Cara Bunt was armed with flowers and regret over someone else’s crimes as she arrived on the doorstep of Parksville’s Ivy Nails and Salon on Thursday.
“They’re such nice people,” said Bunt, who manages Classic Kitchen next door to the Morison Avenue salon.
“And I just wanted them to know that we support them and we’re their friends.”
It was a feeling shared by neighbour Kymon Giakoumakis, who called the salon owners extremely hardworking and kind.
“It made me just sick to my stomach that that would happen” said Giakoumakis, who owns Extreme Eatery.
The South Korean-owned salon has been targeted twice by vandals in recent days, just as they prepared to reopen after being closed due to the COVID-19 pandemic. Not a single other business on the block was touched.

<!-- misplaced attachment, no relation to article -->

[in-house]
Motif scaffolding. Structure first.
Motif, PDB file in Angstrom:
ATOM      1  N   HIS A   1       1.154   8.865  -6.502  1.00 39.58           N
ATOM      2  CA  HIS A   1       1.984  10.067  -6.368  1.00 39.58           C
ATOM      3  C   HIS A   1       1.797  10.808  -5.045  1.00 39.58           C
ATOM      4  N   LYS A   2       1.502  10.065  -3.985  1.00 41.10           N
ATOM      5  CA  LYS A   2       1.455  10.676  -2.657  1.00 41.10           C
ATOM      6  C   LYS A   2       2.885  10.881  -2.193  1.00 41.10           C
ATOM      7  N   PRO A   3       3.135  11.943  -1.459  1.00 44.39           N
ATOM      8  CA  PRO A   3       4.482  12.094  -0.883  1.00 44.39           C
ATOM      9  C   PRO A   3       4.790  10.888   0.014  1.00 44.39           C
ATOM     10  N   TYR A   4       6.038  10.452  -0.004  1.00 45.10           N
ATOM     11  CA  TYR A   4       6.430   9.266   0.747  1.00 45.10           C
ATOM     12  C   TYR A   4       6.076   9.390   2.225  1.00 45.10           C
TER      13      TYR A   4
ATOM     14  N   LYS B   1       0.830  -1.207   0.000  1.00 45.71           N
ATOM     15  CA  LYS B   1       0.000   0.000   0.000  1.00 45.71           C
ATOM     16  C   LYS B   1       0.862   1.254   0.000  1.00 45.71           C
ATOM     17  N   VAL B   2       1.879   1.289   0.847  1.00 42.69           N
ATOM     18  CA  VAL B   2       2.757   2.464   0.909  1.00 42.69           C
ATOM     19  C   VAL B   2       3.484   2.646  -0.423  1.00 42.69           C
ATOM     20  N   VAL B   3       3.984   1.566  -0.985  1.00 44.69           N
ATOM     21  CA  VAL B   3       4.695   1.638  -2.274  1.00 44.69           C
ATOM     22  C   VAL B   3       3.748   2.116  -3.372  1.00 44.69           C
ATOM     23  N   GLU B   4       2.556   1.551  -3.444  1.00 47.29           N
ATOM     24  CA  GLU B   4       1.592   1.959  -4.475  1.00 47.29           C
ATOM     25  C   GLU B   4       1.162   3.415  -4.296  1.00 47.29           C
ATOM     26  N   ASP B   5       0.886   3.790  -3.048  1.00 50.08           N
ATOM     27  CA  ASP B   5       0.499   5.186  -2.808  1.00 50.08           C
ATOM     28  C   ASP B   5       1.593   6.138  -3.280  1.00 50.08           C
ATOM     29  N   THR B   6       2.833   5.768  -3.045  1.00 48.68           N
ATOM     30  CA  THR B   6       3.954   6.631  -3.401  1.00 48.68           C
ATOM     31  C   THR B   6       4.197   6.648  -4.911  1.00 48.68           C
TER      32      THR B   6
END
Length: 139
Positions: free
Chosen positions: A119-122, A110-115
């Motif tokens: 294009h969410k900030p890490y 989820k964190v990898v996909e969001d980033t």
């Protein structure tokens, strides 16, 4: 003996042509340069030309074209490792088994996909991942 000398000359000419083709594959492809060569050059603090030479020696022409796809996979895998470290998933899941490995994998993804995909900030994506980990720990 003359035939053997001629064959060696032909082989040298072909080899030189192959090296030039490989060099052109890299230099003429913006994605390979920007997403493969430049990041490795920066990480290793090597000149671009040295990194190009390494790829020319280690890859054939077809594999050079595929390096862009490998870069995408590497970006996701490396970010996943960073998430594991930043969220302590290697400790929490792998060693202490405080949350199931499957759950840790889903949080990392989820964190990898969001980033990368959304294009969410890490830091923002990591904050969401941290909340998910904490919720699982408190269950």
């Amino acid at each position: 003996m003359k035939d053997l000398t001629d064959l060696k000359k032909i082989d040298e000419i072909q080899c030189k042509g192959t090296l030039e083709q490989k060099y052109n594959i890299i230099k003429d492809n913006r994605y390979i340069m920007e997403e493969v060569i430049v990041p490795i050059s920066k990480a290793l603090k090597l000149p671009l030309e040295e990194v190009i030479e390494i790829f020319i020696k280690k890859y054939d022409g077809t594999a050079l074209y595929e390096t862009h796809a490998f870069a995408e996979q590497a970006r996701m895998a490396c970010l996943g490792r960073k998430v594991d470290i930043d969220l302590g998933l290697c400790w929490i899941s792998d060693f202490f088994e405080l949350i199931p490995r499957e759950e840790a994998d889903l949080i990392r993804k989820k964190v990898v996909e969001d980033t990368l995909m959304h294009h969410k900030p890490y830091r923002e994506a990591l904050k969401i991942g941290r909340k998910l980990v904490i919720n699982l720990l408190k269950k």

“I have no idea just why this happened to only my store when no other businesses were hit,” co-owner of Ivy Nails & Spa Brian Yoon told CHEK News Wednesday.
“Only [at] my store people broke things,” he said.
The incident has left many to fear it’s linked to growing anti-Asian racism amid the pandemic. Since CHEK News shared the salon’s story, a flood of kindness has poured in.
“I’m very surprised,” said Yoon.
“People not from an Asian country, they surprised me,” he said.
New clients have made bookings to reassure the salon’s owners they are wanted here.
“They’re really supportive to the owners,” said Lilian Lee, who works at Ivy Nails & Spa.
“Because they text the owners, they call to the store several times and say like they’re sorry to hear about that and they really support [them],” she said.
“I feel it’s very warm,” said Yoon.
“Canada is a very warm country,” he said.
So instead of the acts of vandalism closing the salon’s doors, they have actually grown support for the small business.
“And you know what they should be,” said Giakoumakis.
“Because it’s not fair that anybody has to go through that or feel that.”